Croatian behind White Flag scam at it again with ‘Plastic Ocean Summit’

Kristijan Curavić’s Ocean Alliance Conservation Member (OACM) attempts to set itself up as international organisation

 

A Croatian conman who The Shift had exposed as having scammed €200,000 in sponsorship money from the government and from several corporate sponsors for clean-up projects that failed to achieve promised goals has now taken his White Flag project to the international stage.

Kristijan Curavić’s White Flag project, which is run through an organisation known as OACM, resurfaced in Croatian media reports that were promoting the initiative with the support of both former and current members of the Croatian government.

The Croatian authorities’ support for Curavić’s efforts departed from their approach in January 2019, when the municipal state attorney’s office had filed a court case against him for issuing a false invoice for a trip that never happened.

OACM is now promoting a ‘Plastic Ocean Summit’, an event being marketed as having received financial support from the United Arab Emirates (UAE) government, to host an “environmental tourism industry summit” in the country on 15 November. Croatian press reports also refer to a similar summit to be held in Croatia on 26 May.

The government only broke its silence on the fraudulent White Flag project and admitted it had terminated its relationship with Curavić’s organisation after The Shift’s investigation.

The White Flag project was raking in €25,000 – €30,000 for every beach it “certified” as plastic-free, often with an official “inauguration” in which high-ranking government officials such as former Gozo minister Justyne Caruana and former environment minister Jose’ Herrera would speak about the project’s nonexistent value.

In reality, plastic was washing up on beaches certified with Curavić’s white flags just hours after the clean-ups and certification ceremonies were held. Herrera in particular failed to account for why no one saw through the obvious fact that one clean-up and a ceremony were not enough to ensure plastic-free beaches.

OACM’s Plastic Ocean Summit website specifically refers to its past “unofficial collaboration with the EU”, a reference to how “the process of certification of White Flag CSMAs in Malta” has “set the base for future collaborations”.

Plastic Ocean Summit promotional material.

Malta was not the first to fall prey to Curavić’s tendency to use false endorsements. In December 2018, The Prince Albert II of Monaco Foundation, which Curavić’s organisation formerly claimed as one of the project’s “partners,” issued legal threats while denying any association with the White Flag project.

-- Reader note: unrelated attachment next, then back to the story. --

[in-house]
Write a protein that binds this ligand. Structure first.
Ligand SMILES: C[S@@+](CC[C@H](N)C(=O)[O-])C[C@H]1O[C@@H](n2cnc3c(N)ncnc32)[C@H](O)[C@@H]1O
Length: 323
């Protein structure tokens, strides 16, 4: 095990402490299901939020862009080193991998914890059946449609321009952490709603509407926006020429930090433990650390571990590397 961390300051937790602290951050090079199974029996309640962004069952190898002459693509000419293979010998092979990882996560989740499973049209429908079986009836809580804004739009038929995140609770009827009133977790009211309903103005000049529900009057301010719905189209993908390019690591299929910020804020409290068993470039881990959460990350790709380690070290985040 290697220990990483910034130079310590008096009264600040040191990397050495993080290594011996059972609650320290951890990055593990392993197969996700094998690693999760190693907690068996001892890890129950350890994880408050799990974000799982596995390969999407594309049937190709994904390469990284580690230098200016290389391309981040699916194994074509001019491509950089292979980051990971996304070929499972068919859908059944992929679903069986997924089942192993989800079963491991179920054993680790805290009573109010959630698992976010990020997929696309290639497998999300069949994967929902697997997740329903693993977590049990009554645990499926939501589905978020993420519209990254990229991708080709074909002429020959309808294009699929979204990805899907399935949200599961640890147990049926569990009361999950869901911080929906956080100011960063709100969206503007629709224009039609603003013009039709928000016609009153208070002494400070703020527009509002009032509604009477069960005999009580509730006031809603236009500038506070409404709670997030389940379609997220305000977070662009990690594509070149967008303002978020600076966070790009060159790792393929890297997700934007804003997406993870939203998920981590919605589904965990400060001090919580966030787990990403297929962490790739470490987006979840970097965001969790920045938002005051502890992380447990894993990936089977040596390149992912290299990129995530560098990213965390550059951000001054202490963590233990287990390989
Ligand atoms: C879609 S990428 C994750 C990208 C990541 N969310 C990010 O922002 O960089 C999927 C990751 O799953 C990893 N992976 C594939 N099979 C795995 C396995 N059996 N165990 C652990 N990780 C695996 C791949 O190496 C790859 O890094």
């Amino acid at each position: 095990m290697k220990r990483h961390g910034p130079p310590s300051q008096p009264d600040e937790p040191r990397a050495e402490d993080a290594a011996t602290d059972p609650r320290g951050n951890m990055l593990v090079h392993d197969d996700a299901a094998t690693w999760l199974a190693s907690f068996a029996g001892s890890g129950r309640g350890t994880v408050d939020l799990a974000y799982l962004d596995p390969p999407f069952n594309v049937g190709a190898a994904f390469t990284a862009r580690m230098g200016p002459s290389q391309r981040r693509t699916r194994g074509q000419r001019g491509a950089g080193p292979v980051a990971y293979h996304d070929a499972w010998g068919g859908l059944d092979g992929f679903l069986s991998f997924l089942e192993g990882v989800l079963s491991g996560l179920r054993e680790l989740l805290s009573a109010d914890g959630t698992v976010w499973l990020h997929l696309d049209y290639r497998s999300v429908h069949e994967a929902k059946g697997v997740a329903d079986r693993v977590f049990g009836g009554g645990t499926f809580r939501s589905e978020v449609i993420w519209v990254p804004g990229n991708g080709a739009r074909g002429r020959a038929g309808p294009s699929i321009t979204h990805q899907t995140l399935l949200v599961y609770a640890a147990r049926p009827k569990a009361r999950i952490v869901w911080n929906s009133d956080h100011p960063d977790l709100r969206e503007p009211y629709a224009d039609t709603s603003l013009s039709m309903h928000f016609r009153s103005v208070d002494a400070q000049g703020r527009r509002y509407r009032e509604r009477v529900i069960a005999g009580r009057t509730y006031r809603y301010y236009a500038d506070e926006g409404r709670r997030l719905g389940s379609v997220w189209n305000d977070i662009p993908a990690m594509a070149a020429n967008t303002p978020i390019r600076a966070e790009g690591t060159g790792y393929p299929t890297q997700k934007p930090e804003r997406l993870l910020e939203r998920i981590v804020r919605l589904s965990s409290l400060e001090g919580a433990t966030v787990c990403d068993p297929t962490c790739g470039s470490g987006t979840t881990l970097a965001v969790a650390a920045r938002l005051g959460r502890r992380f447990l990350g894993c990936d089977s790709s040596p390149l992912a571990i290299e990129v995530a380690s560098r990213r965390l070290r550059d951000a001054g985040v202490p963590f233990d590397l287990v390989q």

The embarrassment suffered by the Maltese government after having forked out hundreds of thousands of euros on a scam served as a timely warning to the government of the Seychelles islands, which officially announced in August 2019 that it had cancelled plans to fund 40 White Flag beaches, citing The Shift’s reporting in its decision.

“Several articles on The Shift – a digital newspaper dedicated to investigative journalism based in Malta – reported the allegations against OACM and Curavić,” the Seychelles’ government statement read. “The articles also reported that Curavić is also using logos of supposed partners when in reality there is no partnership. One such is the Prince Albert II of Monaco Foundation.”

In line with its approach in Malta, OACM is using several high-profile names to bolster its air of credibility, including referring to former UN World Tourism Organisation secretary-general Taleb Rifai as one of its “board members” in spite of the fact that Rifai does not seem to have listed OACM on his public LinkedIn profile. Questions have been sent to a firm which Rifai listed as a main contact to confirm whether he is actually involved in the project.

Other board members who did show up by Curavić’s side in promotional footage include former Croatian president Stjepan Mesić. In 2015, Mesić was named as an official who was offered a €1.6 million bribe to expedite a sale of armed vehicles in 2007.

While the court judgement stated that Mesić and another individual who was the director of Croatia’s state-owned arms and vehicles company did accept the bribe, Mesić denied even knowing the individuals who were charged with offering the bribe, and claimed he was being set up.

Curavić had accused The Shift of reputational damage after its investigation into the White Flag scam and had sent legal threats demanding €300,000 in compensation and a public apology, including demands to correct “false allegations”. The Shift refuted all claims made in the letter, pointing out that documentary evidence was available to support these reports.

                           
                               
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